Laparoscopic Sleeve Gastrectomy

The newest of the weight loss operations is the sleeve gastrectomy. With this procedure, the outer crescent of the stomach is removed resulting in a stomach that resembles a tube. About 75% of the stomach is removed and the remaining 'sleeve' is generally 3-5 ounces in capacity. The intestines are not changed. Patients lose weight for similar reasons to the gastric bypass. The stomach holds less food and patients usually feel less hungry. The portion of the stomach that is removed is the area of the stomach where a major hormone that regulates appetite is produced. There are also some metabolic changes as is seen with the gastric bypass but to a lesser extent.

In many respects, the sleeve can be considered the compromise between the gastric bypass and the band for both weight loss results and complications. The operation takes about 75 minutes to perform and the hospital stay is 1-2 days. The major complications include leakage from the staple line (1-2%), narrowing of the sleeve (2%) and bleeding (2%). Like the gastric bypass, after the sleeve gastrectomy, patients may not absorb enough vitamins from their diet alone and must take daily vitamin supplements.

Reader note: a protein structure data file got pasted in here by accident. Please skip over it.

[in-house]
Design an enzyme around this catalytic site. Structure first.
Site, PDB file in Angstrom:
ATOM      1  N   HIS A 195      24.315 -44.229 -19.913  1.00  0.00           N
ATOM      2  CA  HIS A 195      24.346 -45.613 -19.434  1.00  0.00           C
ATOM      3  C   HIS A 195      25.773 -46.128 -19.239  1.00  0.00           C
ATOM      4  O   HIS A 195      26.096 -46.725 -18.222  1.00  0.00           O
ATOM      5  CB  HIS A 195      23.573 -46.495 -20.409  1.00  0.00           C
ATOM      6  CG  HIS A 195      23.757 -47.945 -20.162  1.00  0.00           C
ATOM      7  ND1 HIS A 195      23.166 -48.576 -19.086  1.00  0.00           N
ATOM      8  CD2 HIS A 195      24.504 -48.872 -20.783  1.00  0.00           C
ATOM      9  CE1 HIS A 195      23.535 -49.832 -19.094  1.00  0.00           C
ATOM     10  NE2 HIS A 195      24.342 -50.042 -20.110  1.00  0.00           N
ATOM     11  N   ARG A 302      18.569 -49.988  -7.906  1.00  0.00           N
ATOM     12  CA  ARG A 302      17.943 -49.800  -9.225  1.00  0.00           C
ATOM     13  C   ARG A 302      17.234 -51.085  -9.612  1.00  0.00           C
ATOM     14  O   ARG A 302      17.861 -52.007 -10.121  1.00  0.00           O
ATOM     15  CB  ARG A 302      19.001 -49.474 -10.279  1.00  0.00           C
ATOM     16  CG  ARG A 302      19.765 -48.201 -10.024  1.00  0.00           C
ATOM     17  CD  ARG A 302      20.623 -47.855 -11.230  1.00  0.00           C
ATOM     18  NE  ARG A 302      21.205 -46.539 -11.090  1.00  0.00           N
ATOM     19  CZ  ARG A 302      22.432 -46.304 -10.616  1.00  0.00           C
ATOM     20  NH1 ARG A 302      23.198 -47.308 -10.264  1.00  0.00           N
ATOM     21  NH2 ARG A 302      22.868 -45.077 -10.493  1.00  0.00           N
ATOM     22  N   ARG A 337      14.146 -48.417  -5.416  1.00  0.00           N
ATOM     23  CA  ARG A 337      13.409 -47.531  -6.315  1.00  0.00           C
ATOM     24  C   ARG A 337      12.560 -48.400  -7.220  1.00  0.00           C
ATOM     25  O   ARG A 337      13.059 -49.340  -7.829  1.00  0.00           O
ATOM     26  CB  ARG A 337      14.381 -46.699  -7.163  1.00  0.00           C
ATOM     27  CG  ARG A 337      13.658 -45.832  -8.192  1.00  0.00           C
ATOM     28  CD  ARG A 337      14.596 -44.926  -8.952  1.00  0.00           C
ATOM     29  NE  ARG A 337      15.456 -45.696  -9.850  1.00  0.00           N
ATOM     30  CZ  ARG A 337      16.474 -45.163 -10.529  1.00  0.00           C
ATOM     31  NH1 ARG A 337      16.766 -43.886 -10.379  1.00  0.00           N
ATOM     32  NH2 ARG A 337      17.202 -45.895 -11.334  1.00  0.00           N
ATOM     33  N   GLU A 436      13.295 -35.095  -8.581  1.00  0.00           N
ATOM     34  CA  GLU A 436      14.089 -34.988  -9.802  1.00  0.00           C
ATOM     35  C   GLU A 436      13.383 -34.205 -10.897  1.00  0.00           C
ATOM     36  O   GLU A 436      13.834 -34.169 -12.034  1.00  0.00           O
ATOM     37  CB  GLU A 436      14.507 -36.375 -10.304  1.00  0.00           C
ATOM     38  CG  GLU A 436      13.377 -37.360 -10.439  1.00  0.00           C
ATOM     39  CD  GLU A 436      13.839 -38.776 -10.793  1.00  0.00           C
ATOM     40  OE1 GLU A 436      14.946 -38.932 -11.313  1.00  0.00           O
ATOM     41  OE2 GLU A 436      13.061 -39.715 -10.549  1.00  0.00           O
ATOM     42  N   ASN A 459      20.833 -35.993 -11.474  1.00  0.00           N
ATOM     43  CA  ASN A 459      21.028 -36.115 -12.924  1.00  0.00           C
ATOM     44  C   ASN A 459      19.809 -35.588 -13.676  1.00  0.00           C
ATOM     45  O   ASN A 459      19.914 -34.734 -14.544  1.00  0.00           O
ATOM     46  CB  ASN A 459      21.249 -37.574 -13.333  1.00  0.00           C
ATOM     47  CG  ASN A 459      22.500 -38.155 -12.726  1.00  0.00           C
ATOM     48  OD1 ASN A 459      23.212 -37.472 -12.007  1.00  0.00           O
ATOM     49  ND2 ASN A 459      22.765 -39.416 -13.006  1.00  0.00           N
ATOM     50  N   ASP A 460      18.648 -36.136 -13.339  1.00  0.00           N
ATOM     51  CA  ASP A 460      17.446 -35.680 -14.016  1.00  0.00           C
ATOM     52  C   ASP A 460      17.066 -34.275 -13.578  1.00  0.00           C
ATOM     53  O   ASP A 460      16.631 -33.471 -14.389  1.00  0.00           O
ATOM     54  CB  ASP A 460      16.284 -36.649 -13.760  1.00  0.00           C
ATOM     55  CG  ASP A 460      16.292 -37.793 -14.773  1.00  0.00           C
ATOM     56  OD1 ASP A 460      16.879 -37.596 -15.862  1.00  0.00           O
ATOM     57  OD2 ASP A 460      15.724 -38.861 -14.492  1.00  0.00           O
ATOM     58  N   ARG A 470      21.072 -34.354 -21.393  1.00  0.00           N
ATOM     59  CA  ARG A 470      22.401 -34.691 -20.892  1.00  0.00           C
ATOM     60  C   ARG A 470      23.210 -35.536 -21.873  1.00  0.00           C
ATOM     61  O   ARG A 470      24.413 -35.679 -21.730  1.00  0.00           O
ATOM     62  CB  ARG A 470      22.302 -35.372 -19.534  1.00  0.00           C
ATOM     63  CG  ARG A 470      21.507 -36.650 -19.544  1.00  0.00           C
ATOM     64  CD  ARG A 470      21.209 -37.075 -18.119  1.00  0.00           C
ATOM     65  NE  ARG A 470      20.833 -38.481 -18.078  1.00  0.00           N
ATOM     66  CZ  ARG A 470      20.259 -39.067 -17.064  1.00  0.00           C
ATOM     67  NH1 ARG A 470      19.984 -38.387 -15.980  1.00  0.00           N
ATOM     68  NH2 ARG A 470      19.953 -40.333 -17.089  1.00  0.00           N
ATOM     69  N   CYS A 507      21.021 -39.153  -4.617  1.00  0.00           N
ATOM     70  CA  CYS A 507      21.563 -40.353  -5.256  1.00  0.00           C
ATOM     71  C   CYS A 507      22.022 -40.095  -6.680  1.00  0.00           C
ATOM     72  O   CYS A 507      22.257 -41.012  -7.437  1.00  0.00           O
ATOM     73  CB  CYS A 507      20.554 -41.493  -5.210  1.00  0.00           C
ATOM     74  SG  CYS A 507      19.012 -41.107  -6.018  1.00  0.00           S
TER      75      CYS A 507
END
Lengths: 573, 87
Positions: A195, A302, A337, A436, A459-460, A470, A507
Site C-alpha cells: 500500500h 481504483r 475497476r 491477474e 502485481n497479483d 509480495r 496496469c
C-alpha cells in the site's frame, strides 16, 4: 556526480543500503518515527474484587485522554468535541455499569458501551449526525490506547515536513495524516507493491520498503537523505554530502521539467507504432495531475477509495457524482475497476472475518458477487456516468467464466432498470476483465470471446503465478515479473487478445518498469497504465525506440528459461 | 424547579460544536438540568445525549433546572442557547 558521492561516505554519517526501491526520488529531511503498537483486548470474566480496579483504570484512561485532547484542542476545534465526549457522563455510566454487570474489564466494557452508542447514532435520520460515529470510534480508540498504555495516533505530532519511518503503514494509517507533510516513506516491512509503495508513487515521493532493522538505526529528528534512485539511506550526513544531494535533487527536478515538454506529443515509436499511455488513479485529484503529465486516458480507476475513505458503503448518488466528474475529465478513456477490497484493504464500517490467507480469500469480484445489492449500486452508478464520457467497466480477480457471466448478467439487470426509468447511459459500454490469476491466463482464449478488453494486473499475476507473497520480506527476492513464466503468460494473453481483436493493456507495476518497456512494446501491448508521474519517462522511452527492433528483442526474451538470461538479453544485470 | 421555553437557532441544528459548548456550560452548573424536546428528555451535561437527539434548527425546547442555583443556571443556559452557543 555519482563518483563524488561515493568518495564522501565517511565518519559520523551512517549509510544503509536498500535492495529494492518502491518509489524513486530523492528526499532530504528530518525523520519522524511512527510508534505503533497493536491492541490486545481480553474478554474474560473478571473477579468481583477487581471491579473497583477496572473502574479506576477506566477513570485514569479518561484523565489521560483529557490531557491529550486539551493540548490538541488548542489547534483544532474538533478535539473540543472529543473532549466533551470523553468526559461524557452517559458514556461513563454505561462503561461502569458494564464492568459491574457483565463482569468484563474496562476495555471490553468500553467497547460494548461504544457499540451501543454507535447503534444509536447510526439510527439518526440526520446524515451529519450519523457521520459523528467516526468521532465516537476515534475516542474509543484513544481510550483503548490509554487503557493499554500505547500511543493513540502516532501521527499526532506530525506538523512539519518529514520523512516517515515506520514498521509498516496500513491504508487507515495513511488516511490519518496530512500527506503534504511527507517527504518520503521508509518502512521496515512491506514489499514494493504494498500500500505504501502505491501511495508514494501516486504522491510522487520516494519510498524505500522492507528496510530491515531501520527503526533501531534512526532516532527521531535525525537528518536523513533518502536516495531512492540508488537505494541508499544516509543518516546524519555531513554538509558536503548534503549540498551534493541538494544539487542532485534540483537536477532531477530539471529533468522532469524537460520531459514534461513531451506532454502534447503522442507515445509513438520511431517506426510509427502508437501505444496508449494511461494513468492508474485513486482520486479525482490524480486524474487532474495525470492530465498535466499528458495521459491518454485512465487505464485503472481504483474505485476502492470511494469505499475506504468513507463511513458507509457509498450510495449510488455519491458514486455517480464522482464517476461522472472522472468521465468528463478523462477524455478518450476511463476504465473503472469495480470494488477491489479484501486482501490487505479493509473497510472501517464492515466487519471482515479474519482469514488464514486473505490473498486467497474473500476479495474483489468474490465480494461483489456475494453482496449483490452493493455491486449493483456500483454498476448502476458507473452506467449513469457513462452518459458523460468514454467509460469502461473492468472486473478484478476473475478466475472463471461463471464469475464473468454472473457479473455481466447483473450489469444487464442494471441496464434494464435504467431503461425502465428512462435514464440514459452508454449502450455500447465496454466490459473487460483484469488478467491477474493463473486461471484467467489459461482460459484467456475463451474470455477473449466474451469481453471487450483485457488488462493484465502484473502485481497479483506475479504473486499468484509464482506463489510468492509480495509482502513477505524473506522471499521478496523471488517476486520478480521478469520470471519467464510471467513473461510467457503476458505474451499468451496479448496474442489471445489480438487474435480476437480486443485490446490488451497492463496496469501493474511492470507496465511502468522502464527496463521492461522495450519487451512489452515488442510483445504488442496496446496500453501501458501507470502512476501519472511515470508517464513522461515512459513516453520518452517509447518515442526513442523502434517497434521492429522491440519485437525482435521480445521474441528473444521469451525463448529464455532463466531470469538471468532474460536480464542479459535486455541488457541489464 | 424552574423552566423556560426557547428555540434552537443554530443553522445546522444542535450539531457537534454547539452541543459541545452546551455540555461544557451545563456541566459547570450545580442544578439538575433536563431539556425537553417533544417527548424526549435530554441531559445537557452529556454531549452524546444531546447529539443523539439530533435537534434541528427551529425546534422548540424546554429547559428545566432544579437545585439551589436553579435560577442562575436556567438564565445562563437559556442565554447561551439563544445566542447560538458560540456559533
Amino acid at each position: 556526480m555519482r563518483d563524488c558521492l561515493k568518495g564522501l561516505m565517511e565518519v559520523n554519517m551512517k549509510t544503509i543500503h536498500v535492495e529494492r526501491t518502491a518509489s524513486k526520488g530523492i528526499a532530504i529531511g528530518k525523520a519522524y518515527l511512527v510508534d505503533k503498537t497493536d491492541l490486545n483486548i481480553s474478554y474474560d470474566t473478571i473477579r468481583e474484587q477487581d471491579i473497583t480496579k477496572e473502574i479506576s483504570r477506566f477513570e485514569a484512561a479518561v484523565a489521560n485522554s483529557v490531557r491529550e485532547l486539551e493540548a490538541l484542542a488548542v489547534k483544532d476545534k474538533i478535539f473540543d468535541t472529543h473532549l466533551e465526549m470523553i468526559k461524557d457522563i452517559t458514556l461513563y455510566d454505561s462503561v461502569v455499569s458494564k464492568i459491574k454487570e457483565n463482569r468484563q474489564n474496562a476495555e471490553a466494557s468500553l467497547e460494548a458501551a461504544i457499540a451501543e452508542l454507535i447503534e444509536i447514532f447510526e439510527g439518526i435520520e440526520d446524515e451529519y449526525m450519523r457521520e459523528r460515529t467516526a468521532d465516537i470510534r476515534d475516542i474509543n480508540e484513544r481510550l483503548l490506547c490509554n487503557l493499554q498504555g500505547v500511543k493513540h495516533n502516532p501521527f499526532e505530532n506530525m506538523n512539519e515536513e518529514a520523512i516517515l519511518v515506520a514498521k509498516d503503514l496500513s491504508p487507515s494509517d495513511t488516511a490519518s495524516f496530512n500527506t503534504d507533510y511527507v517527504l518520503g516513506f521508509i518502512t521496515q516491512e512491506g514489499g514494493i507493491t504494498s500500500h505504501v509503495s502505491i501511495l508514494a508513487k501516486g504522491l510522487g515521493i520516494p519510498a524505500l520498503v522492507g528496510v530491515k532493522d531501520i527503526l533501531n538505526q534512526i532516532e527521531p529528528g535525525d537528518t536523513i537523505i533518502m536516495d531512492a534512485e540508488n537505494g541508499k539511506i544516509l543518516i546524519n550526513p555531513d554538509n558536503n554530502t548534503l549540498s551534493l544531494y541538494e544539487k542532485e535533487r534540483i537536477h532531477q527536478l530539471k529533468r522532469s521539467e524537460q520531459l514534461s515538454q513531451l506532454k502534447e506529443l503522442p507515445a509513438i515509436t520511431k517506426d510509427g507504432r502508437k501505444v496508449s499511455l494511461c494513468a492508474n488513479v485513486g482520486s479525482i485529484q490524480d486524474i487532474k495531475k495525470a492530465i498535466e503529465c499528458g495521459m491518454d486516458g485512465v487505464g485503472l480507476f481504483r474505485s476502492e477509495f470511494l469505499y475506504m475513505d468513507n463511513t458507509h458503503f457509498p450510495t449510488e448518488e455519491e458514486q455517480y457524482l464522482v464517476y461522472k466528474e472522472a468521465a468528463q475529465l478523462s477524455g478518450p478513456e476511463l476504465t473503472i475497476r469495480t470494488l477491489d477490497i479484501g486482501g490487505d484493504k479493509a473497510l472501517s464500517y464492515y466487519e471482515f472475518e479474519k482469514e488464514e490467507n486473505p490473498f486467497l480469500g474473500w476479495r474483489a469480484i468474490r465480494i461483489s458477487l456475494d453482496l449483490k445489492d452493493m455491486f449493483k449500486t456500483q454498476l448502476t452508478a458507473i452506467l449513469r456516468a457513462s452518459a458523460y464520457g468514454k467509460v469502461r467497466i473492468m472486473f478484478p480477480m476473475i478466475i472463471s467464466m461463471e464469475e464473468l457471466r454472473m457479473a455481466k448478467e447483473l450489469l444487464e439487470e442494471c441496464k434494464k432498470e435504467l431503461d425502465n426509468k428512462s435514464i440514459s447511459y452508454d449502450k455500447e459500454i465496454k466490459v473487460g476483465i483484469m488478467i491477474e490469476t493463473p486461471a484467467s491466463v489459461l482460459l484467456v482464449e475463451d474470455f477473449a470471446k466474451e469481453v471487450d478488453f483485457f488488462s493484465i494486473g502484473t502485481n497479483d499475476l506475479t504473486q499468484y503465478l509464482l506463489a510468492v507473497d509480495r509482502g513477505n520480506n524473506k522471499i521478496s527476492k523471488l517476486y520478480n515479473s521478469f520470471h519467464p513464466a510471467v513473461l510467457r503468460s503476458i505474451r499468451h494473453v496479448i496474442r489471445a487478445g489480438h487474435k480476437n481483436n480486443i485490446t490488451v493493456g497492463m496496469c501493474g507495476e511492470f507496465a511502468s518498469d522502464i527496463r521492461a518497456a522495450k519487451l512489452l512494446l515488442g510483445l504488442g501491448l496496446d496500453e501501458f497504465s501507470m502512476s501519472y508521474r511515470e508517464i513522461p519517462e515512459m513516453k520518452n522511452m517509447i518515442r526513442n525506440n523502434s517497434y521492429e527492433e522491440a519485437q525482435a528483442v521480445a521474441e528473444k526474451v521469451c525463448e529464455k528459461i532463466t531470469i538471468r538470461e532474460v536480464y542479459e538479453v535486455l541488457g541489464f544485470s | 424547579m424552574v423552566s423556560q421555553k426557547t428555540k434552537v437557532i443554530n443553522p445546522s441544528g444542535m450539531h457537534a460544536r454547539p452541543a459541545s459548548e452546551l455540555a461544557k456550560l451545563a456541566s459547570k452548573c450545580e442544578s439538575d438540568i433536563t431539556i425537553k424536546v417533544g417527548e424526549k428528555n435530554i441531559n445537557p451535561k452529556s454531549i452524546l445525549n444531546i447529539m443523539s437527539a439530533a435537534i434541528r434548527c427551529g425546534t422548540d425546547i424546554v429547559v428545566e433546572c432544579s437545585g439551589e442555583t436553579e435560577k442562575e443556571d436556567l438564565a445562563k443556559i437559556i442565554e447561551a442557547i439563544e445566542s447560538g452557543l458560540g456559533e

Watch Laparoscopic Sleeve Gastrectomy video with Scott A. Shikora, MD, Director, Metabolic Health and Bariatric Surgery at BWH. 

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